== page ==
The IoT refers to the growing network of interconnected devices that are capable of collecting and sharing data. In the context of finance, IoT can be used to facilitate payments and enable real-time monitoring of financial transactions and assets.

3. Big data analytics

Big data analytics refers to the use of advanced algorithms and tools to analyse large datasets. In the context of finance, big data analytics can be used to identify patterns and trends in financial data, and to develop predictive models for investment and risk management.

4. Quantum computing

Quantum computing is a new type of computing technology that uses quantum mechanics to perform calculations at a much faster rate than traditional computers. In the context of finance, quantum computing has the potential to revolutionise areas such as portfolio optimisation and risk management.

1. “Buy now, pay later” (BNPL) payments

Instalment payment plans have been around for a long time, but they used to be reserved for purchases like electronics and household furniture and appliances. Customers would finance large purchases by spreading it over multiple smaller payments, sometimes paying interest to do so. These days, however, this form of short-term financing is often referred to as “buy now, pay later” (BNPL) and is available for almost all types of consumer products, typically through an intermediate payment platform and without interest costs.

According to’s Buy Now Pay Later Global Market Report 2023, the BNPL market grew from USD 105.15 billion in 2022 to USD 155.79 billion in 2023, and is expected to continue growing to USD 744.06 billion by 2027. Although BNPL can be done through both on- and offline payment methods, the forecasted growth is generally driven by the staggering increase in the adoption of digital payments, which was accelerated by the Covid-19 pandemic.

2. Cybersecurity

Today, most of our lives are “stored” online – be it our work or personal information. Unfortunately, this means that there is a wealth of vulnerable data in the digital world, making cyber hygiene and cybersecurity more important than ever before. And with cyber criminals adapting almost as fast as the technologies they seek to hack, organisations must continue to invest in keeping their data secure.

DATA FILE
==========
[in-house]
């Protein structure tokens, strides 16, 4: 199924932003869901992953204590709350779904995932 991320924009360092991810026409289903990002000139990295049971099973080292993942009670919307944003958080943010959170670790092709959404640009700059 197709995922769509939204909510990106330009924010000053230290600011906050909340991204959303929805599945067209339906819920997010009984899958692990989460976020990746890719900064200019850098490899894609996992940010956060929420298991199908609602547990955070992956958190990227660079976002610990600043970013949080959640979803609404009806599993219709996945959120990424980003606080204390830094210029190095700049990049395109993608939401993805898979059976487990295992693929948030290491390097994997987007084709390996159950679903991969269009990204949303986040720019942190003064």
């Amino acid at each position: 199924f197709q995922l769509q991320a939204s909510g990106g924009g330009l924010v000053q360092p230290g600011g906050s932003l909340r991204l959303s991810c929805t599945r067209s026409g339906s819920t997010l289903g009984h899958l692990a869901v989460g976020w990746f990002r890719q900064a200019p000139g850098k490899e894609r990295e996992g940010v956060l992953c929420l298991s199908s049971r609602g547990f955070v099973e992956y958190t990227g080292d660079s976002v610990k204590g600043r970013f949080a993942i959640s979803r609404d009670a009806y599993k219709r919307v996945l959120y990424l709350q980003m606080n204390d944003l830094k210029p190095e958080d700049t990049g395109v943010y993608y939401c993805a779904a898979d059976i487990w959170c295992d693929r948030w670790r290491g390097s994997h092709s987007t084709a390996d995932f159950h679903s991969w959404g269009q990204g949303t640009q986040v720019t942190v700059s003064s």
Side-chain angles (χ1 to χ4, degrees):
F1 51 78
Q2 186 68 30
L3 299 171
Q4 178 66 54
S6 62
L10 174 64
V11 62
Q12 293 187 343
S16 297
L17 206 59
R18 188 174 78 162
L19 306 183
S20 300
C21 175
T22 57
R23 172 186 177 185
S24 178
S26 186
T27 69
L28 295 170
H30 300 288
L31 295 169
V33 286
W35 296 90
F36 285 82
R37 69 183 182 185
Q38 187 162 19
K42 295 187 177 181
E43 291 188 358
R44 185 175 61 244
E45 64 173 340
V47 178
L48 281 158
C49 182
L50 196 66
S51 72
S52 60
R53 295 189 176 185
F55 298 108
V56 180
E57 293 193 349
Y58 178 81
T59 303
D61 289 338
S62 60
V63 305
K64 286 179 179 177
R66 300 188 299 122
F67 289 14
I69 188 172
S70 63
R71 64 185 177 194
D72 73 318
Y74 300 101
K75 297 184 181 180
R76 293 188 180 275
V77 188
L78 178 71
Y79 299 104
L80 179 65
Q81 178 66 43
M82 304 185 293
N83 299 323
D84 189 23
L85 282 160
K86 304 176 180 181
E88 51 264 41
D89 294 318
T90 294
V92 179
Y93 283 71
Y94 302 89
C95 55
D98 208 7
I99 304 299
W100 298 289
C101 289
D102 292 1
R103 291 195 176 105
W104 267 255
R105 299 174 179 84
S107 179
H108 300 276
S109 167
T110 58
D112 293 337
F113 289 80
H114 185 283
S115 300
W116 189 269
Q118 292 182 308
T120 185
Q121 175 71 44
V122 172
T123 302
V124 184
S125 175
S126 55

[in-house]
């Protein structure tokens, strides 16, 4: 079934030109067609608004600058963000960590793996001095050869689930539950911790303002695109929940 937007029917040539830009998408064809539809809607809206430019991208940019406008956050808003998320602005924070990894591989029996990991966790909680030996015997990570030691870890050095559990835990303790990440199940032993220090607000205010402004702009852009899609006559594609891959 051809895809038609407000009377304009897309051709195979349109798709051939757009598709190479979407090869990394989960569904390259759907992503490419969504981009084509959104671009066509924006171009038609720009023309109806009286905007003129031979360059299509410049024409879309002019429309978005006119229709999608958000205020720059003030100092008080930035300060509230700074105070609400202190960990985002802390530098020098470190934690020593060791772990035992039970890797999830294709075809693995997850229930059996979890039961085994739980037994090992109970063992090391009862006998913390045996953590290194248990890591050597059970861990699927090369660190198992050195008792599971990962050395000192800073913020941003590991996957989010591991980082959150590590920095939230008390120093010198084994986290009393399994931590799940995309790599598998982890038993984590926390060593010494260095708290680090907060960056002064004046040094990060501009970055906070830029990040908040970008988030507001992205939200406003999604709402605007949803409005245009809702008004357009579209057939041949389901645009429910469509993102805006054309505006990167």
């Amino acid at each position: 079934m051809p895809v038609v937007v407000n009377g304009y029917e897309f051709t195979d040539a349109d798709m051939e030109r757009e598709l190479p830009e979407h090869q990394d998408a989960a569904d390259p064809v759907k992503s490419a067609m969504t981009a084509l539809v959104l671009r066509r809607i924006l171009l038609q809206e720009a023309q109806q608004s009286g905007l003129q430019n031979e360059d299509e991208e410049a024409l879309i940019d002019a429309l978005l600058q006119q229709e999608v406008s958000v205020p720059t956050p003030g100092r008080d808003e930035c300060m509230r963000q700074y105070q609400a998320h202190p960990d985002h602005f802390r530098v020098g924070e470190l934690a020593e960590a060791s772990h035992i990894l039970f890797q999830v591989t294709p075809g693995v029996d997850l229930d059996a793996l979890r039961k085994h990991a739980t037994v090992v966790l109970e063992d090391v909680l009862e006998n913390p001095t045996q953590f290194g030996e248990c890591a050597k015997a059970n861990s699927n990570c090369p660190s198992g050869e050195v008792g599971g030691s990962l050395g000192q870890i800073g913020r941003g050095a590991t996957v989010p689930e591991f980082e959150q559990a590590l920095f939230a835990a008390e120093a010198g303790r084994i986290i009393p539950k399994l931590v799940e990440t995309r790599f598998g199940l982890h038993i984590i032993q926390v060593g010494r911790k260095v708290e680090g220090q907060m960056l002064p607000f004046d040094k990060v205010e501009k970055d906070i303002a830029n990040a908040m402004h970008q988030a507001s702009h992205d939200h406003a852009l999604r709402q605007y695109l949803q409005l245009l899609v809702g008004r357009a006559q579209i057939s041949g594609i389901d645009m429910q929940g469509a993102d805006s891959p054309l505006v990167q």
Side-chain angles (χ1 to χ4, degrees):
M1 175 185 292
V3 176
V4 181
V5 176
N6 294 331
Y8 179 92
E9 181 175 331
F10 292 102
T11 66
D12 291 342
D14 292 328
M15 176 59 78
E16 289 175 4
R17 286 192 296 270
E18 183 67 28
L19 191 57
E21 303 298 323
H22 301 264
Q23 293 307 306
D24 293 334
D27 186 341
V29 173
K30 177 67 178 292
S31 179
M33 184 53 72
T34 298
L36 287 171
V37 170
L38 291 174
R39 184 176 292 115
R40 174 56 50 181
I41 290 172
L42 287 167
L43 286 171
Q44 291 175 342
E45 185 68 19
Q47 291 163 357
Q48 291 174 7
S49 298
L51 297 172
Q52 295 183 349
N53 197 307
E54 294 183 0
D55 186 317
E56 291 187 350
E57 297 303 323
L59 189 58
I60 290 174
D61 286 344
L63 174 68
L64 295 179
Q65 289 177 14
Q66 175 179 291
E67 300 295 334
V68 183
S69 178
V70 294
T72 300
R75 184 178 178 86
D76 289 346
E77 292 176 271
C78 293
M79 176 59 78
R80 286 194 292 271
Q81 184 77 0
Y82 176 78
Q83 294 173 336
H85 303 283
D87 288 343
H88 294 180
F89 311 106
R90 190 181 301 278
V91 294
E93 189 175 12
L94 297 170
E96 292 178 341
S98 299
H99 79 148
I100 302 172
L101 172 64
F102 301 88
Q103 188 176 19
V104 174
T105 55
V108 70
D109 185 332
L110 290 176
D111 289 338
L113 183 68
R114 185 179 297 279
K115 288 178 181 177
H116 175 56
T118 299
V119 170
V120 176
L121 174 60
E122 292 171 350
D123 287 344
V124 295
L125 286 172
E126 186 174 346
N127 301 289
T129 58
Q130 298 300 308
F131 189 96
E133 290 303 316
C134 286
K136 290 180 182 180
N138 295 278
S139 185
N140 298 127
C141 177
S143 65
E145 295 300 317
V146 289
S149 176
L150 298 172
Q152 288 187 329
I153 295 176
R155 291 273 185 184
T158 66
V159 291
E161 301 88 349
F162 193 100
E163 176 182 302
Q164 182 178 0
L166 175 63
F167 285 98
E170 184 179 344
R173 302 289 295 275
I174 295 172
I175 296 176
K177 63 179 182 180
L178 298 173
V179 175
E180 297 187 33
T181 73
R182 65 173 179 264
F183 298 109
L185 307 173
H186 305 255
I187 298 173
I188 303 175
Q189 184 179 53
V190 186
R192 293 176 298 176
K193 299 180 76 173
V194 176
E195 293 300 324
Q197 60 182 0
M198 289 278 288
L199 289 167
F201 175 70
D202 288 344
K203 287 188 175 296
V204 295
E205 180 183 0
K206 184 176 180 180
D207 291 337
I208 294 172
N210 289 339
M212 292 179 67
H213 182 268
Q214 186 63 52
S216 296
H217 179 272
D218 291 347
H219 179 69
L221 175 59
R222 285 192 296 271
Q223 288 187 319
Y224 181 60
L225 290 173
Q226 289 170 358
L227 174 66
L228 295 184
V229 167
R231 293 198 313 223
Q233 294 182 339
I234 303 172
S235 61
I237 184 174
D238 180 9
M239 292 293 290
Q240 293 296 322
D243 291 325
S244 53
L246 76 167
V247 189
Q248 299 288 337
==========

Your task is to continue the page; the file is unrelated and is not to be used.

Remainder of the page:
Although the use of AI and other technologies is already widespread in cybersecurity and fraud prevention, it is likely to continue disrupting the field. According to the International Data Corporation, AI in the cybersecurity market is growing at a compound annual growth rate (CAGR) of 23.6% and will reach a market value of USD 46.3 billion in 2027.

AI-powered security systems are expected to grow increasingly sophisticated in terms of contextual reasoning and synthesising data, enabling predictive analytics and real-time responses to threats.

3. Open banking and APIs

Open banking is a growing trend in 2023, and is the technology that allows consumers to access their financial data through more platforms, by leveraging third-party providers and application programming interfaces (APIs). Many of the use cases for this technology are in the personal finance management space, whereby users can choose to integrate their financial information from multiple different sources and access them on a single platform.

For instance, the NAV Planner on the DBS digibank app is free for all consumers to use, and if you consent, you can import and integrate your financial information from other institutions (like other banks, insurers, and government bodies) for a holistic view of your finances on the app.

The benefit of enhanced convenience and accessibility is clear for consumers. For organisations, this opens up opportunities to innovate better products and solutions, and offer more tailored recommendations to consumers.

4. DeFi and blockchain technology

Decentralised finance (DeFi) and blockchain technology have been around for the past decade, but it seems that this is just the beginning. The cryptocurrency markets have been wildly volatile, with as many digital exchanges and currencies rising as collapsing. Despite these challenges, there have been massive developments in the related technologies that power these digital innovations – namely blockchain, or decentralised ledger technology.

As adoption of the emerging technology increases, more regulation could follow suit as governments and regulatory authorities look to establish some sort of middle ground that manages to leverage the technology while keeping consumers secure.

In Singapore, DBS is working with the Monetary Authority of Singapore (MAS) on Project Guardian, an industry pilot for digital asset and DeFi. The pilot conducted foreign exchange and government bond transactions against liquidity pools comprising of tokenised Singapore Government Securities Bonds, Japanese Government Bonds, Japanese Yen (JPY) and Singapore Dollar (SGD).